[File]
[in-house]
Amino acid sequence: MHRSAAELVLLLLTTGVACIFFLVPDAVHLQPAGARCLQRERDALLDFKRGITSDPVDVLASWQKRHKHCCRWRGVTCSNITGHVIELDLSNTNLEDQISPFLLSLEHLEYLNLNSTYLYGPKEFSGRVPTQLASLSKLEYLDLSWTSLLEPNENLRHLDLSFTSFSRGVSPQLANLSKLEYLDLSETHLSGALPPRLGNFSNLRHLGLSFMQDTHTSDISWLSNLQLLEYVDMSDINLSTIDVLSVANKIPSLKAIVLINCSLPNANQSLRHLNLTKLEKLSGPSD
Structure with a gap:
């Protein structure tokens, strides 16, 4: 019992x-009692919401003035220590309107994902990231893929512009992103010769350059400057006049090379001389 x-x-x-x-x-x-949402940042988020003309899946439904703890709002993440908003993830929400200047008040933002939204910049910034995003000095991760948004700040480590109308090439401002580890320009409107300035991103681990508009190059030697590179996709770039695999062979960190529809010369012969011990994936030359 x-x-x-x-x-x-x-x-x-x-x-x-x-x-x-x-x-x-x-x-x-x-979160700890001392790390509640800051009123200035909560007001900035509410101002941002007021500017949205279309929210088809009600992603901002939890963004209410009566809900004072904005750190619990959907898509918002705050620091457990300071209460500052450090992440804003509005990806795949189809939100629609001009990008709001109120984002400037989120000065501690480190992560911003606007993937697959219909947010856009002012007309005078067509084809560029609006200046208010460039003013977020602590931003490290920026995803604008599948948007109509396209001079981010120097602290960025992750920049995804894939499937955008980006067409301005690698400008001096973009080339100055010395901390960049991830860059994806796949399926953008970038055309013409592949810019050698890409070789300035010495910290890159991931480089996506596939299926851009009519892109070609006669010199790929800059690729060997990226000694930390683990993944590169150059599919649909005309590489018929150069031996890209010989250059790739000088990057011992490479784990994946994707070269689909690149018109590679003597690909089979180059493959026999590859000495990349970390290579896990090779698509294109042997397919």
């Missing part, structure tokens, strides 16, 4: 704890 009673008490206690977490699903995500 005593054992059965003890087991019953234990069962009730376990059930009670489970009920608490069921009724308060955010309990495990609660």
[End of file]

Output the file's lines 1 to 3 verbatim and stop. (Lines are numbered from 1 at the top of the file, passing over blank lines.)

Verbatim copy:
[in-house]
Amino acid sequence: MHRSAAELVLLLLTTGVACIFFLVPDAVHLQPAGARCLQRERDALLDFKRGITSDPVDVLASWQKRHKHCCRWRGVTCSNITGHVIELDLSNTNLEDQISPFLLSLEHLEYLNLNSTYLYGPKEFSGRVPTQLASLSKLEYLDLSWTSLLEPNENLRHLDLSFTSFSRGVSPQLANLSKLEYLDLSETHLSGALPPRLGNFSNLRHLGLSFMQDTHTSDISWLSNLQLLEYVDMSDINLSTIDVLSVANKIPSLKAIVLINCSLPNANQSLRHLNLTKLEKLSGPSD
Structure with a gap: